Most of us identify autism with the very few extreme cases we come across in our lives. In such cases, the child is too behaviourally paralysed to live life the “normal” way, and the signs or symptoms are visibly evident. Our hearts reach out for these children and at the same time we feel relieved that ours do not have it. However, here’s the mistake that most of us are committing as parents, teachers or anybody who deals with kids of very young age.
Since our notions of Autism have been clouded by these very extreme cases, we fail to recognise and give proper attention to the milder forms of autism that our kids struggle with every day. Autism does not get into the way of their everyday life in forms that are noticeable to the eye, and therefore remain undiagnosed and untreated. However, the internal struggles of people belonging anywhere on the spectrum of Autism is manifold. For all you know, traits of your child that you have been seeing as usual behaviour may be signs of autism that you are unknowingly ignoring.
Understanding Autism and ASD:
Autism is a developmental disability that impairs a person’s ability to interpret and interact with the outside world. It can vary in symptoms and severity and hence forms a spectrum of disabilities ranging from mild communication problems to severe cases causing complete withdrawal from society.
It can manifest in ways where a person avoids physical contact and retreats in their shell, have difficulty in speech, forming sentences or pronouncing words, have poor eye contact, lack facial expression, speak in a tone or rhythm and have difficulty in voice modulation, have difficulty identifying non-verbal clues, difficulty starting a conversation or to keep it going- to name a few.
Physical symptoms or patterns of behaviour might include repetitive bodily movements like rocking, -self-harming activity like head banging, very short attention-span, difficulty in coordinating movement leading to clumsiness etc.
What can parents do:
In most cases, Autism Spectrum Disorder (ASD) is only diagnosed once individuals enter adult age. It is difficult to diagnose at an earlier stage because babies do not follow a set timeline of development and develop at their own pace. Hence, only extreme cases of autism are identified at an early stage where symptoms are too evident.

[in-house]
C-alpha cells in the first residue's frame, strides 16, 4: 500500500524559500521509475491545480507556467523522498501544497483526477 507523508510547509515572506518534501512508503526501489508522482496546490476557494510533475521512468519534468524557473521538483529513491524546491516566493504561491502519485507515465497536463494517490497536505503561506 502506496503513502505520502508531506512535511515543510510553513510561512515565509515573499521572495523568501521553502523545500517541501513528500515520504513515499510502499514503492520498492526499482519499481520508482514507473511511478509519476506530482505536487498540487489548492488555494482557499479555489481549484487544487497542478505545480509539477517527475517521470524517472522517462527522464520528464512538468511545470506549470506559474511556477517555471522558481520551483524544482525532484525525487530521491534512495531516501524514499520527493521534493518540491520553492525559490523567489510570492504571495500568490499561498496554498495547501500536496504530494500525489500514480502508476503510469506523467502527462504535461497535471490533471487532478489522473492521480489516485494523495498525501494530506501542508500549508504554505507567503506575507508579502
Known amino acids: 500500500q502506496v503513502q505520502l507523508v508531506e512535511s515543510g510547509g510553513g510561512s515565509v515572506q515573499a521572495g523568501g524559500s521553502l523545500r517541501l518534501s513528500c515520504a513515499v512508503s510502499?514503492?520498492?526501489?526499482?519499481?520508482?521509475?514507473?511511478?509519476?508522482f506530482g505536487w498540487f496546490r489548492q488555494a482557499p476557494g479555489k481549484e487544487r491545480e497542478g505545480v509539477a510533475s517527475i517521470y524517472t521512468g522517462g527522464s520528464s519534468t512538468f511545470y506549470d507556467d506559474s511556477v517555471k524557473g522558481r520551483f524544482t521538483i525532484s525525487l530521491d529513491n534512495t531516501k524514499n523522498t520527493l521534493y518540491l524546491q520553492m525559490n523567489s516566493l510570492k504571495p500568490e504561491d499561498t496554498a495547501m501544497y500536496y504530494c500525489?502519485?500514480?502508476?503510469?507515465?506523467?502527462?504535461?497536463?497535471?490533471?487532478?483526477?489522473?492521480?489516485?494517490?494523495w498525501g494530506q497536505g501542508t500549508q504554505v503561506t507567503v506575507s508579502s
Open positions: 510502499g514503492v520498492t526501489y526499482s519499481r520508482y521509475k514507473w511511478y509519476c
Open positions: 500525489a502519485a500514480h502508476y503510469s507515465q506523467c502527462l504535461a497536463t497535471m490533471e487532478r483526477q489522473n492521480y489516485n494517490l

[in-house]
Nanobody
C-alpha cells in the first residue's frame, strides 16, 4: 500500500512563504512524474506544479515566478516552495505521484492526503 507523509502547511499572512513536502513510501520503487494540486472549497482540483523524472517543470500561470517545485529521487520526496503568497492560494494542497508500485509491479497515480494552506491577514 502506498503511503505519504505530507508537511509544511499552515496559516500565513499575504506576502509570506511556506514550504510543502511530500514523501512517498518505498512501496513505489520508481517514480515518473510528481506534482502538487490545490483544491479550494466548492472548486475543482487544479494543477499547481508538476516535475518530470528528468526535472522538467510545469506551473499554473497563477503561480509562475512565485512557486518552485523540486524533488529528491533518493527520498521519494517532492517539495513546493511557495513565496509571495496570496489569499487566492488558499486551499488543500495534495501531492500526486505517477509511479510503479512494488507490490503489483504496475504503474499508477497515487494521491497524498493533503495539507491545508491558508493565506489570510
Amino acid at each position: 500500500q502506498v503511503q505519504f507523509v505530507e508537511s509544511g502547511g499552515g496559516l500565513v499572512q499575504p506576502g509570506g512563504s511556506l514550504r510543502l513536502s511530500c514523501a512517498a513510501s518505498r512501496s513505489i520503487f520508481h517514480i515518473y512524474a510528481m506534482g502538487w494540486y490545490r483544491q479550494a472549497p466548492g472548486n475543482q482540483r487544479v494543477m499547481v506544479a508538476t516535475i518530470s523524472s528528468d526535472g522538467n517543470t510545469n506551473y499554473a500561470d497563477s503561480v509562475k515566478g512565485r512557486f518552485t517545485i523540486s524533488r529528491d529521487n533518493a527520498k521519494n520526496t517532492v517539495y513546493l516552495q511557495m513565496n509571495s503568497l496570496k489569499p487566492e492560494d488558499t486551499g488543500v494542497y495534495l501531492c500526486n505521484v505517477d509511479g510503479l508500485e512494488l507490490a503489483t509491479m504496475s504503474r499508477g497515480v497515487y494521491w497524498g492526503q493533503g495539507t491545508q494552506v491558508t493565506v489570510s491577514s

However, the Centre for Disease Control and Prevention (CDC) has launched a “Learn the signs. Act Early” program to help parents monitor development and keep an eye on developmental milestones for children. The program aims at monitoring, screening, evaluating and diagnosing children with ASD at the earliest to provide full assistance and support to those suffering from autism.
Steps in the process:
CDC has come up with a series of tests and screenings to be conducted at certain intervals to map a child’s development and to identify developmental disorders.
Developmental monitoring-This is based on observation where your child’s growth and changes over time is observed and evaluated. Playing, learning, speaking, behaving and moving are used as samples to test if all milestones have been covered. A missed milestone could be a sign of an underlying problem.
Developmental Screening- A more formal way of determining a child’s development, developmental screening is a set of formal tests, questionnaires and checklists. These screenings are suggested at three stages- 9 months, 18 months and 30 months of age. CDC also suggests screening separately for ASD at 18 months and 30 months.
Comprehensive Developmental Evaluation-If a grey area arises in developmental monitoring and screening, a complete evaluation should be conducted to know the extent and severity of the concern. This is an in-depth evaluation done by a specialist like developmental paediatrician, child psychologist, therapist or other specialists trained in child development. These tests can certify if a child needs special attention and care.
Autism might not be curable but living with autism can be made easy. Autism can also be prevented in certain ways. Premature birth, low birth weight, environmental factors, exposure to harmful radiation etc. can all lead to stunted development in the early years. Looking out for factors that can affect a child’s development is important, especially for the first couple of years. Identification at an early age can make a lot of difference in enabling a person with autism to lead a normal life.